42. Considers fully fledged, non-systemic regional banks to be decisive tools for financing a just ecological transition according to regional preferences and peculiarities;

Greening national budgets and sending the right price signals

43. Points out that by retaining the same budgetary constraints (which would, in fact, run counter to the idea of the alleged climate emergency), and by undertaking the targeted relaxation of guidelines on State aid, the European Green Deal will inevitably become yet another subsidy used to transform industrial sectors in certain Member States;

44. Deplores the fact that the Commission unduly directs which fiscal policies, in addition to other types of policies, the Member States implement; points out, in this regard, that the European Green Deal runs the risk of being a ‘New Deal’ in name only and that it could be reminiscent of the US Democrats’ slogan, meaning that the European Green Deal could be conceived as a greenwashing operation of the EU’s image;

45. Points out that sustainability is designed to be the external constraint par excellence of national democracies; recalls, in this regard, that whatever industrial development and job creation program subject to the climate external constraint has been suffocated by the constraint itself; calls for the European Green Deal to revert the nature of such a constraint; stresses, therefore, that in order reduce pollution and create more jobs, the European Green Deal should focus first on industrial development and jobs in order to better the quality of the environment;

Mobilising research and fostering innovation

46. Encourages the Commission and the Member States to further develop and promote research and development (R&D) in crucial sectors, such as energy storage, energy efficiency and raw materials recycling;

47. Recalls that EU instruments for research and innovation, such as Horizon Europe, must ensure a genuine and not merely nominal inclusion of micro and small-size enterprises; expresses its regret that, so far, a number of micro and small-size enterprises have been excluded from having access to EU financial tools due to excessive and often unrealistic application criteria;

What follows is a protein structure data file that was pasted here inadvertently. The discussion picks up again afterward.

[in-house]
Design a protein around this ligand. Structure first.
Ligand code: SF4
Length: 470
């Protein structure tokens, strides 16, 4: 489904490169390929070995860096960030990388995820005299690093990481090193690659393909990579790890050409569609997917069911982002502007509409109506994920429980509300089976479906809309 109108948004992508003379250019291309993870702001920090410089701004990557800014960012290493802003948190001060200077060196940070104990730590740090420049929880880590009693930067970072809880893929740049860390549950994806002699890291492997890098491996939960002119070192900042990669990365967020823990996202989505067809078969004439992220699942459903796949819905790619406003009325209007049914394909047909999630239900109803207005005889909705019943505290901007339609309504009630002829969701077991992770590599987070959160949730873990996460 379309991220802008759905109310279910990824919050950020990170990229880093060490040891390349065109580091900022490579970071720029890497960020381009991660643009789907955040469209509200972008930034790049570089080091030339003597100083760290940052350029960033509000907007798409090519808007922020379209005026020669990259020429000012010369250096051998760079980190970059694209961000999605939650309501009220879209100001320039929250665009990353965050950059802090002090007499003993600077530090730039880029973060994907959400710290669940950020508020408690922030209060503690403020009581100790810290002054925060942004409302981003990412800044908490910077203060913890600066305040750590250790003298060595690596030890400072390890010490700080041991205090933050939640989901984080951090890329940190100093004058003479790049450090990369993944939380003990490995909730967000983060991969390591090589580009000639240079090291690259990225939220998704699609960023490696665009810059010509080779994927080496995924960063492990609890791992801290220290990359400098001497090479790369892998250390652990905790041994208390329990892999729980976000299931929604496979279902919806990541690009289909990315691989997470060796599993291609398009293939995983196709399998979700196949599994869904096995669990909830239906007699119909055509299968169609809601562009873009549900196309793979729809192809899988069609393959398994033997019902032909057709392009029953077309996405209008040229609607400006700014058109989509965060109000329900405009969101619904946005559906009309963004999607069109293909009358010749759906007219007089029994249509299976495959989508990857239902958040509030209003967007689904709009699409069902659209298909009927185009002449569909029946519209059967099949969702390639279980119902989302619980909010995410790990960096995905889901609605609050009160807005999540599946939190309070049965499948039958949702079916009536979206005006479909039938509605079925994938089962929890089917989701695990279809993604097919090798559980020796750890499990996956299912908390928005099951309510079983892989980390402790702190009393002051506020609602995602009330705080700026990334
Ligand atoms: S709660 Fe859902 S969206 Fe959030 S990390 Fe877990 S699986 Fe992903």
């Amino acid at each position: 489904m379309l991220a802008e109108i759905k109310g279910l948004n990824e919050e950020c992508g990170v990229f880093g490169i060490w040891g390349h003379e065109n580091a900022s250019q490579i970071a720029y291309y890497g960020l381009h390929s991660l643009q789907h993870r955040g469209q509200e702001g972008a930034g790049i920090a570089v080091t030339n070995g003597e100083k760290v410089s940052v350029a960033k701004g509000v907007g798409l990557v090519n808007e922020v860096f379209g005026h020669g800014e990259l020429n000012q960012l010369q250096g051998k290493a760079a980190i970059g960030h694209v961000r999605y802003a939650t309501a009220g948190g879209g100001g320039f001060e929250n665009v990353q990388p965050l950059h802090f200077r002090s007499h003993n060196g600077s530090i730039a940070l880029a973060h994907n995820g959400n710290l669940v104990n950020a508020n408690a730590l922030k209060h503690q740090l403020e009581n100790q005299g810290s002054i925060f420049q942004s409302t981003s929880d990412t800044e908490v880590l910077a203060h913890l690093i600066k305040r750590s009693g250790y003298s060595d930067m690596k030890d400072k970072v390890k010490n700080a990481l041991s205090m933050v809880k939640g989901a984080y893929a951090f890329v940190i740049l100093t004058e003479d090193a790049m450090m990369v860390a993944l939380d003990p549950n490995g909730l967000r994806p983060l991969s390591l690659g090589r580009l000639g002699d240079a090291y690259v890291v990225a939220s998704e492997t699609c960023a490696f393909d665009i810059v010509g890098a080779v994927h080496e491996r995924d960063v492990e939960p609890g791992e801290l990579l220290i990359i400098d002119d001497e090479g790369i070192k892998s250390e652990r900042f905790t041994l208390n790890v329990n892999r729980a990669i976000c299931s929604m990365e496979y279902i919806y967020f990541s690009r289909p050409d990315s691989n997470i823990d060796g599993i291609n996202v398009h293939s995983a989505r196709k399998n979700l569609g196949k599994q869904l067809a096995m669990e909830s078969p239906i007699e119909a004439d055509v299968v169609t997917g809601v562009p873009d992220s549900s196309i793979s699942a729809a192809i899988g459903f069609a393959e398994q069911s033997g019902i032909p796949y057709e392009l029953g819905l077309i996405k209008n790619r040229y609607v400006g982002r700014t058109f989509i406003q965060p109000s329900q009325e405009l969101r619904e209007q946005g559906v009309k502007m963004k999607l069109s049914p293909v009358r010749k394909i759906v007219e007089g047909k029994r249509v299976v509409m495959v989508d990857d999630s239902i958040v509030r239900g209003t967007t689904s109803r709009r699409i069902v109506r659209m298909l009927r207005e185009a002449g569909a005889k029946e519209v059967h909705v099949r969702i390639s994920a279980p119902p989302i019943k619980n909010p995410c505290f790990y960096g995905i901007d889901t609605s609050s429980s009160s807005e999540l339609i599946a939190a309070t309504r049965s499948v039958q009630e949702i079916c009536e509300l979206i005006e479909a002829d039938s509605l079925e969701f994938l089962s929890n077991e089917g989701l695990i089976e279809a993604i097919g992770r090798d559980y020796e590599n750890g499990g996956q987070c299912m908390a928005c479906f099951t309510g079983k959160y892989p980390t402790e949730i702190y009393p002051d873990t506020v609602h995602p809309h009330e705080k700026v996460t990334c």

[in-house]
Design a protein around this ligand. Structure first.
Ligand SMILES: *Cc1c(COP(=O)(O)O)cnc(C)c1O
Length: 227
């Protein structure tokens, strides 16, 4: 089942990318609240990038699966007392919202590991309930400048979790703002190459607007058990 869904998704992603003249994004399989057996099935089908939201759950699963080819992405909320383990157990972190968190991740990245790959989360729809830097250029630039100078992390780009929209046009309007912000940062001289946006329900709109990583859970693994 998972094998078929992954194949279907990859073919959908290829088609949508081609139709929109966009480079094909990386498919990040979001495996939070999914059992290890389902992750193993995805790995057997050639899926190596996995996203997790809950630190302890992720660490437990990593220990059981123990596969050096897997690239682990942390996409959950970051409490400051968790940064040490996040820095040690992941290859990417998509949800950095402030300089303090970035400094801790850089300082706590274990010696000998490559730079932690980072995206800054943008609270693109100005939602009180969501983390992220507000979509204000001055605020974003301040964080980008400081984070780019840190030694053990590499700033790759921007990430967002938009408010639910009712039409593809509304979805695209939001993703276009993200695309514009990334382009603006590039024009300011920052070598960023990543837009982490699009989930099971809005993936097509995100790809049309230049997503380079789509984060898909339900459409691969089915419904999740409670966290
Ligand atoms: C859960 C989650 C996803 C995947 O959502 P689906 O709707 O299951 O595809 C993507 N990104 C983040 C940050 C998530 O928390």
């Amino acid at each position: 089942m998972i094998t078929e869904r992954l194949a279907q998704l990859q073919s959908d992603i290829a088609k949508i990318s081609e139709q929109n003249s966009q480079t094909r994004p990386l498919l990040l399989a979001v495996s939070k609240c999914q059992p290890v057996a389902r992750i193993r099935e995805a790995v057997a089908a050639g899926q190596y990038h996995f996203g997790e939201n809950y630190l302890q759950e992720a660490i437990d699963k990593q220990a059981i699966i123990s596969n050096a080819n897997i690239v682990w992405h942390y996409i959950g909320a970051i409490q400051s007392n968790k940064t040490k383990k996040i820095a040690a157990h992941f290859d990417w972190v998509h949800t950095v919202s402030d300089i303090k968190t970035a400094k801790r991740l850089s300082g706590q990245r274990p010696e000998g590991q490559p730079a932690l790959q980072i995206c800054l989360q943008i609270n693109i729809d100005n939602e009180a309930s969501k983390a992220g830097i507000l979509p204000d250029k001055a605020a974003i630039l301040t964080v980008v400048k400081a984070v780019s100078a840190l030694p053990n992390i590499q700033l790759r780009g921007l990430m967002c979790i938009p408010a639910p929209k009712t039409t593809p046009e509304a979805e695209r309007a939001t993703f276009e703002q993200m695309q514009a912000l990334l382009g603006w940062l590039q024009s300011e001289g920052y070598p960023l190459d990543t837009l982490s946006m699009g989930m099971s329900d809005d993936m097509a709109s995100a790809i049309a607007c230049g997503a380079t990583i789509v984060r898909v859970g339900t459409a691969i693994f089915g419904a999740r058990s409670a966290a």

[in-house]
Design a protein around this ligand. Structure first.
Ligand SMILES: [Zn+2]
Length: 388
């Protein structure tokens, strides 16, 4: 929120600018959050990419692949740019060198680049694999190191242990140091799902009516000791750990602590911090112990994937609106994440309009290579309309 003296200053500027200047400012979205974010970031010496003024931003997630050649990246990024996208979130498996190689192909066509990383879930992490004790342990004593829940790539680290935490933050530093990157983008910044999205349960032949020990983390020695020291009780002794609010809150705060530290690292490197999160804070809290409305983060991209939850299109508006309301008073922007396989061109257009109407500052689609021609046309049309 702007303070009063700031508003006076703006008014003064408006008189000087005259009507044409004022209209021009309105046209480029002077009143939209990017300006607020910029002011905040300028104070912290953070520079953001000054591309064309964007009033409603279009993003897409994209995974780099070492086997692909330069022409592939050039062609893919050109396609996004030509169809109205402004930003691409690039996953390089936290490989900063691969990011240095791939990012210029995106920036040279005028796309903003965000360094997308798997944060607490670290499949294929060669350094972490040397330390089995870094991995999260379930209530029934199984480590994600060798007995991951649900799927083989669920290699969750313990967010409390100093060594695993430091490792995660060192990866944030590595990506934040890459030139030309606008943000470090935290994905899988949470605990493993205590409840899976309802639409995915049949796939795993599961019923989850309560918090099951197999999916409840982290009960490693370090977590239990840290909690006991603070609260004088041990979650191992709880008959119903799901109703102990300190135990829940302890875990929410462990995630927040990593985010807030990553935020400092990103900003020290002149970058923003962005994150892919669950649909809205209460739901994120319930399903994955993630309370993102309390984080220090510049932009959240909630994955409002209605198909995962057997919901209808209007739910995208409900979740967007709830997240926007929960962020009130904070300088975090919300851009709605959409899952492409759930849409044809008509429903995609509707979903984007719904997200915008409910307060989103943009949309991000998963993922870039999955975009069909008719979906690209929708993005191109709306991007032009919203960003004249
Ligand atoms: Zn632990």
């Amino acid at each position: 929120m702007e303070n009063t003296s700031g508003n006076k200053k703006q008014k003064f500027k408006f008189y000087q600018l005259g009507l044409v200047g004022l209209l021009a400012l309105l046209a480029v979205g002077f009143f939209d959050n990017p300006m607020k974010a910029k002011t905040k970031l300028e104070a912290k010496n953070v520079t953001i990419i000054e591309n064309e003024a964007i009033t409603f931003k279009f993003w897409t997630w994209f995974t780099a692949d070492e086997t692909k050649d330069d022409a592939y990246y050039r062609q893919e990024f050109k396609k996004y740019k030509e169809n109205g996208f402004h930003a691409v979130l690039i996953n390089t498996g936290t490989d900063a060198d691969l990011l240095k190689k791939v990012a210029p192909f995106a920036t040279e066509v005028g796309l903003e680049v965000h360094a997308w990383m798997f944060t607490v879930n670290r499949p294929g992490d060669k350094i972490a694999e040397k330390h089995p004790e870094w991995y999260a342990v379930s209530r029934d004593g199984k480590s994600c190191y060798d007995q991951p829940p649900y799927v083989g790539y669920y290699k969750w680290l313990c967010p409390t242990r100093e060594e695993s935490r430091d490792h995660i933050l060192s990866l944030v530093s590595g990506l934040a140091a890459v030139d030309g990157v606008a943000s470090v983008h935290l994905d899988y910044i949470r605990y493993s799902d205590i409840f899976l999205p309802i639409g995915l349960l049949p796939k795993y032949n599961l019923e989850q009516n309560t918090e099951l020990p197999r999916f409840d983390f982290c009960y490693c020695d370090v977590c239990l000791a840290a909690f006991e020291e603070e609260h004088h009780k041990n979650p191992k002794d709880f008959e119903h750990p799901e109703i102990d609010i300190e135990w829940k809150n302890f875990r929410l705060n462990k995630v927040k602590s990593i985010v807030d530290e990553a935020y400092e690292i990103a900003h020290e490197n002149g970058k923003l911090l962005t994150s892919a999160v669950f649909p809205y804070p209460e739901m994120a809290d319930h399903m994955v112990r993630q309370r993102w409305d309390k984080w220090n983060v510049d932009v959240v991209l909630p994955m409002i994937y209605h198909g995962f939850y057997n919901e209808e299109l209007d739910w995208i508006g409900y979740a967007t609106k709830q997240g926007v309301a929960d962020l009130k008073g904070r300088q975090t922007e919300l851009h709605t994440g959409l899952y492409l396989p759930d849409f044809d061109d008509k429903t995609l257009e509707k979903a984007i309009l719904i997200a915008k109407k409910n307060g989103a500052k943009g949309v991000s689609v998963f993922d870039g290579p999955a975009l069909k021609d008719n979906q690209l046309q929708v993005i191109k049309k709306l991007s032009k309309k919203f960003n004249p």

Activating education and training

48. Reminds the Commission that education and training are the exclusive competence of the Member States; invites the Member States to identify and implement, in the relevant school and professional training courses in the technical-scientific sector, rewards for undertaking innovative projects intended to better protect the environment;

49. Expresses its regret over the fact that no impact assessment has been carried out to determine the social and occupational impact that the European Green Deal will have on the EU’s manufacturing sectors; expresses, further, its regret over the fact that no concrete strategy has been identified either to transfer and improve the skills of EU workers or to define the legal and economic frameworks of the alleged green jobs market; points out, as regards the requalification of skills, that it is delusional to believe that a simple training course is enough to transform a metalworker into a (green) start up;

A green oath: ‘do no harm’

50. Expresses its interest at the Commission’s commitment to provide each legislative and delegated acts proposals with a report that illustrates how compliance with the ‘do no harm’ principle is ensured; calls on the Commission to carry out thorough ex-ante and ex-post environmental and socio-economic impact assessments and to refrain from conducting them with the aim of demonstrating the validity of a by-default predetermined solution;